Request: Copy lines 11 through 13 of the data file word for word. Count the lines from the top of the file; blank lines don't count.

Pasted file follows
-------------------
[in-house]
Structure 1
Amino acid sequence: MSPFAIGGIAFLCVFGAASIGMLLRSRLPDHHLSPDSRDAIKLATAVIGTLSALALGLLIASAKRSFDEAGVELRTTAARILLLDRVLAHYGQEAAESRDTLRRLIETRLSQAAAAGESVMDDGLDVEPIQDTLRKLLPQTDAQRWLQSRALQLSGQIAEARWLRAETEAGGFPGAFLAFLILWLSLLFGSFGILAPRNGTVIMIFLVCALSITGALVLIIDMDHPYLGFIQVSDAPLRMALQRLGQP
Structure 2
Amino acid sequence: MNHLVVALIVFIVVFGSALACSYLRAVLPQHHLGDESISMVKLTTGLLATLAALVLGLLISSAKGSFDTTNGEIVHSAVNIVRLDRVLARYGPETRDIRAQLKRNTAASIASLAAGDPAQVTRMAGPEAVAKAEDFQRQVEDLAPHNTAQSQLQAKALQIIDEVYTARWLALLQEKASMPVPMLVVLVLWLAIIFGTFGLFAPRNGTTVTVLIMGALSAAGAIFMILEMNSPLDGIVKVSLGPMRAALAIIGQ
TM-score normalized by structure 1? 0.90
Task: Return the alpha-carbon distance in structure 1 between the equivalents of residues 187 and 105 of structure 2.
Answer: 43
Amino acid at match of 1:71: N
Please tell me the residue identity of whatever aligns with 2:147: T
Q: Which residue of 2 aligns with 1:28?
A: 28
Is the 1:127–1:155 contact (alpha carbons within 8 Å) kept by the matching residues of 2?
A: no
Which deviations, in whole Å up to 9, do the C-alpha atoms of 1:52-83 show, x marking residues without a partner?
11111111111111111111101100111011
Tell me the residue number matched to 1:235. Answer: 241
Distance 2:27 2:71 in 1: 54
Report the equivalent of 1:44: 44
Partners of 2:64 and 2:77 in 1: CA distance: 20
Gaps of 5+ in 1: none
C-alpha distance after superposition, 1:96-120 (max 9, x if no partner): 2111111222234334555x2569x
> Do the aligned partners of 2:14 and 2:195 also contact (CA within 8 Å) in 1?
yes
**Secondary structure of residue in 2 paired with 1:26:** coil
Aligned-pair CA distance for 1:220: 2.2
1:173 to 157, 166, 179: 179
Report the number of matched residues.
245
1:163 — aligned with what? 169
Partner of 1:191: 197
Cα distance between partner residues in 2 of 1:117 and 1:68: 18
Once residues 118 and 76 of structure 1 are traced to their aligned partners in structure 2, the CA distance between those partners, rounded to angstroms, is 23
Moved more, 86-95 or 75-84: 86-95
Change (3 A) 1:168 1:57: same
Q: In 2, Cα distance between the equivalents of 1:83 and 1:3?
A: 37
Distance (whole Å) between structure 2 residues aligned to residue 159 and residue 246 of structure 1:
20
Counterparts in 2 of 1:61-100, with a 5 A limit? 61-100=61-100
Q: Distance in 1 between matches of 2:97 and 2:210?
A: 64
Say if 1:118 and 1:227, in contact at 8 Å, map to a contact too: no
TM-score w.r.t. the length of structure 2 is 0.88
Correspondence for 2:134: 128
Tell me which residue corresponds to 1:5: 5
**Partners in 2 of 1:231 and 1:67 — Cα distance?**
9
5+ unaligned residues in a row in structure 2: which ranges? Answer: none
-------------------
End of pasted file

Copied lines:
Q: Which residue of 2 aligns with 1:28?
A: 28
Is the 1:127–1:155 contact (alpha carbons within 8 Å) kept by the matching residues of 2?